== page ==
Windows 10 Major Update Now Rolling Out


win10-major updateMicrosoft has begun rolling out the first major update for Windows 10, previously codenamed Threshold 2. The update includes an accumulation of changes already tested through Insider builds and is being delivered automatically via Windows Updates.

The update includes a bevy of feature improvements and bug fixes but nothing that is immediately apparent. As reported here back in September (Windows 10 Latest Insider Build: What’s New & What Might be Coming), the Start Menu now supports up to 2048 tiles, increased from 512, and four rows of tiles can now be included rather than the old three rows.

Personalization options under Control Panel has seen the re-introduction of additional Theme settings, the way it used to be in Windows 7 and 8. And two new items have been added into the Privacy options – Call history and Email – allowing users to control which apps can access and send emails, and/or access call history.

Support for Cortana has been extended to include 4 more countries – Japan, Canada, India, and Australia – albeit with less versatility than the US version. If you’re new to Cortana, you’ll need to first turn the feature on:

  • Simply click the Search icon in the Taskbar and then follow the prompts:

cortana

Other changes include:

  • Activation: Users can now enter a Windows 7 or Windows 8 product key to activate Windows 10 directly, without needing to upgrade an existing system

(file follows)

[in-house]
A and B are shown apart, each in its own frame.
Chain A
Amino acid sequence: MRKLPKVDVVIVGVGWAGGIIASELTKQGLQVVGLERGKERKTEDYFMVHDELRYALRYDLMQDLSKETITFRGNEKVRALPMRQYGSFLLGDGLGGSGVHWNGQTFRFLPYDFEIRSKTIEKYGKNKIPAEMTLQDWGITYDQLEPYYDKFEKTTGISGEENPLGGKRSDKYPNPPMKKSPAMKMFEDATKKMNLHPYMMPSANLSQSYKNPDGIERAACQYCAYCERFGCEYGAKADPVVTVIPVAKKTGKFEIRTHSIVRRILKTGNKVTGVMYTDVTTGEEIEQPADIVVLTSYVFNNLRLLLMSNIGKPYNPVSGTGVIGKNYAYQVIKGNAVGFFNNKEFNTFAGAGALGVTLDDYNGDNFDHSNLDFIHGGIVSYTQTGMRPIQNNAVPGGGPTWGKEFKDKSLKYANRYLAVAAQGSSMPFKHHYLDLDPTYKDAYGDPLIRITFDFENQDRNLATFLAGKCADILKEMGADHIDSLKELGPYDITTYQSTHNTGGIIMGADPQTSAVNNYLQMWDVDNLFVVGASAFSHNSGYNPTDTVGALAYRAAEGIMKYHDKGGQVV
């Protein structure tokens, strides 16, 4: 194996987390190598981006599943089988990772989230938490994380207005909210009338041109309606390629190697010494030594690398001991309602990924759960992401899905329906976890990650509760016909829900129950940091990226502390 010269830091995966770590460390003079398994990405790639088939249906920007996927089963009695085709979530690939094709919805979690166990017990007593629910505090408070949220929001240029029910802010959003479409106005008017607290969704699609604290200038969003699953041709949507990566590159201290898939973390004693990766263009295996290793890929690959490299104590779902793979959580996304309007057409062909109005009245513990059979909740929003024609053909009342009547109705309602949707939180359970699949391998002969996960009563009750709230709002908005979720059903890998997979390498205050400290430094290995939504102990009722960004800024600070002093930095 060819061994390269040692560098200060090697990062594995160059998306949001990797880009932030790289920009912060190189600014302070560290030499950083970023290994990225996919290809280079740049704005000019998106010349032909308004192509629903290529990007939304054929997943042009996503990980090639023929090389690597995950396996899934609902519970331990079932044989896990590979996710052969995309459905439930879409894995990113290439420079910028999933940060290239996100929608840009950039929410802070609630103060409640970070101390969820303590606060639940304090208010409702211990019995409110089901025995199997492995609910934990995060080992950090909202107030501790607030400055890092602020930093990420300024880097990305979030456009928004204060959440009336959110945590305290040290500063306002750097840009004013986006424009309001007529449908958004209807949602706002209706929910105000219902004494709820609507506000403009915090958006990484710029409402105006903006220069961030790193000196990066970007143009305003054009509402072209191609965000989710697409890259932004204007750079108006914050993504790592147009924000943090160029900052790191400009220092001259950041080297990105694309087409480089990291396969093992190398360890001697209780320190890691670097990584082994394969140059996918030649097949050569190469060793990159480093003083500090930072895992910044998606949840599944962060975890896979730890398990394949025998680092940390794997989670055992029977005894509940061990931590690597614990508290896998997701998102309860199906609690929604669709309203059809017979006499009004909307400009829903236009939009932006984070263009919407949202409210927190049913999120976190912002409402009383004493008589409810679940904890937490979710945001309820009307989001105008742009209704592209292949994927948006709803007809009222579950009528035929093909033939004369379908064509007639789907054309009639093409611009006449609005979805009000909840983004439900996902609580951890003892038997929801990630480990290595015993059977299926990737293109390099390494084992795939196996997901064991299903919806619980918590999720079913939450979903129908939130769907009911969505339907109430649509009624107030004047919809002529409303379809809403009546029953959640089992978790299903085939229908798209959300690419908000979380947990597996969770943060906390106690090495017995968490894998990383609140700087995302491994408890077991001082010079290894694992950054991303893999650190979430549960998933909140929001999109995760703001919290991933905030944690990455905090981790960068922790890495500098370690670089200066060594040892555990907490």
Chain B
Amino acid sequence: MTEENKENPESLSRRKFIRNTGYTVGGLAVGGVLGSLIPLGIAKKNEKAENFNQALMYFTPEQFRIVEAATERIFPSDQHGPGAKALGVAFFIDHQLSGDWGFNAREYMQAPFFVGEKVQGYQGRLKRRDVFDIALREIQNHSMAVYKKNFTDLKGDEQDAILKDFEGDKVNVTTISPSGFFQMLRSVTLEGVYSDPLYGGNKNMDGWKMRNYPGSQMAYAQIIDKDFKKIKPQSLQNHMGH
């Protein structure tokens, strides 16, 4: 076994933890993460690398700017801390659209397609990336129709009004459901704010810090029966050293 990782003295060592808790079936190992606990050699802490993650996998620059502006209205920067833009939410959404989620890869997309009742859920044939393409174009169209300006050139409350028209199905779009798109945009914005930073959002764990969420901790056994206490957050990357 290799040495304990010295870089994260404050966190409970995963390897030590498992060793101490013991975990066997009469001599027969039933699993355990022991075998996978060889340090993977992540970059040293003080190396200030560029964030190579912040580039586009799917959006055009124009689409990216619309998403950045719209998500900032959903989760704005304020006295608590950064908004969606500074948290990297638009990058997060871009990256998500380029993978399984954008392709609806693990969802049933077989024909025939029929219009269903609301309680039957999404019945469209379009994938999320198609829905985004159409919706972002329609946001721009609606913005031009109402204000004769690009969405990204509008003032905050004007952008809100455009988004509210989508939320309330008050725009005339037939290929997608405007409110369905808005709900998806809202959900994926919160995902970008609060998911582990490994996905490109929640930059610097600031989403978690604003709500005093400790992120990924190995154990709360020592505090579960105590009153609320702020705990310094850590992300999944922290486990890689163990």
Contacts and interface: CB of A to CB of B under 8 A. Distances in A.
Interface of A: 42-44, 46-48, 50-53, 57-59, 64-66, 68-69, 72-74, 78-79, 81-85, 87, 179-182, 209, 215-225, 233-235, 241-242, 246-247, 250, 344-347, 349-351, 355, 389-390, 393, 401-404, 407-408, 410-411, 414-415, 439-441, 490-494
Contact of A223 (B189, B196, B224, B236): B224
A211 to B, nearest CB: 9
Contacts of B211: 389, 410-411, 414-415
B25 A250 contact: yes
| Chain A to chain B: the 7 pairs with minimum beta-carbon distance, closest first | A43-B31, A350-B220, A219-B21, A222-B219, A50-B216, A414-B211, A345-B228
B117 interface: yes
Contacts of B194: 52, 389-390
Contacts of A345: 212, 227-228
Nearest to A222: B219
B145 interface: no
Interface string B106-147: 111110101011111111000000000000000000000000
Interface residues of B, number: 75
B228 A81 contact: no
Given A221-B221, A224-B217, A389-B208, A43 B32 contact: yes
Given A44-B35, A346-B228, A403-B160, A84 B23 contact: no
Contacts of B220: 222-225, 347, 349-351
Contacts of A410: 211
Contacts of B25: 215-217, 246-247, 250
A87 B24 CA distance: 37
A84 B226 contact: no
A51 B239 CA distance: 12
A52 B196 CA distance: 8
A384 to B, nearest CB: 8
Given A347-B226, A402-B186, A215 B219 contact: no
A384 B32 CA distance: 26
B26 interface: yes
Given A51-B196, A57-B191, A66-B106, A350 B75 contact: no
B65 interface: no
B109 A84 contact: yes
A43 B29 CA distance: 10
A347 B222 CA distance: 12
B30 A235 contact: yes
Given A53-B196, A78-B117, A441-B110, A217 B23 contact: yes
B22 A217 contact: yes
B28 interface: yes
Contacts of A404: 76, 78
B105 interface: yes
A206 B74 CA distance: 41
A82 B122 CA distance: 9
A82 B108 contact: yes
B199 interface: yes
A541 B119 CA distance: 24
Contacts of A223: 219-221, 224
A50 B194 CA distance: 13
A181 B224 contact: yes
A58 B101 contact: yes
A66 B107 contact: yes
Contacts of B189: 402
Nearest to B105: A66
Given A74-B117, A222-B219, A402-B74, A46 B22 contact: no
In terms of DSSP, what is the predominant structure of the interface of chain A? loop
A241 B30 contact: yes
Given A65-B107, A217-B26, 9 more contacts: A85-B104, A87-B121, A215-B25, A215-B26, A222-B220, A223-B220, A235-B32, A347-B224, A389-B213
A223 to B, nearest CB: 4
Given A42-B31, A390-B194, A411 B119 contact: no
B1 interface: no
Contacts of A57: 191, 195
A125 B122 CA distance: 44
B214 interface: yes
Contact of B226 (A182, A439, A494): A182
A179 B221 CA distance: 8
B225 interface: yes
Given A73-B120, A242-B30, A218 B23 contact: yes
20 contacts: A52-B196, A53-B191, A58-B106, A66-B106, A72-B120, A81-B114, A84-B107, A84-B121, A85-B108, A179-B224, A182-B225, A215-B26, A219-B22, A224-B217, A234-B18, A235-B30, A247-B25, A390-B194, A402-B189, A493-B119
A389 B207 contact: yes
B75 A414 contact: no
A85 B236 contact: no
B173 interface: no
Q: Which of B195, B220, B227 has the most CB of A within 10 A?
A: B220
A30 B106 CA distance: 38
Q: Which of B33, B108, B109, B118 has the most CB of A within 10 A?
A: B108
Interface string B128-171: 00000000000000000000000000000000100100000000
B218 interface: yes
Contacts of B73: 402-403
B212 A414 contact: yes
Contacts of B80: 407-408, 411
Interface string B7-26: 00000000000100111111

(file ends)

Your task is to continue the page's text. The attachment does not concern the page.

• Cortana: Can now recognize phone numbers, email addresses, and physical addresses to set reminders, as well as keeping track of event and movie bookings. **Some features apply to US only.
  • Microsoft Edge: Improved performance and security, as well as new Tab Preview and a Sync features.
  • Default apps: Now added Skype Video, Messaging, Phone and Sway.

The roll out will be staggered, meaning that some will receive it before others. Mine came through yesterday and I’m happy to report all went smoothly with no issues. However, if you’re still toying with the idea of upgrading from Windows 7 or 8.1 to Windows 10, I’d suggest waiting a little longer yet, until this major update has passed the test of time.


 

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About the Author

Jim Hillier

Jim is the resident freeware aficionado at DCT. A computer veteran with 30+ years experience who first started writing about computers and tech back in the days when freeware was actually free. His first computer was a TRS-80 in the 1980s, he progressed through the Commodore series of computers before moving to PCs in the 1990s. Now retired (aka an old geezer), Jim retains his passion for all things tech and still enjoys building and repairing computers for a select clientele... as well as writing for DCT, of course.

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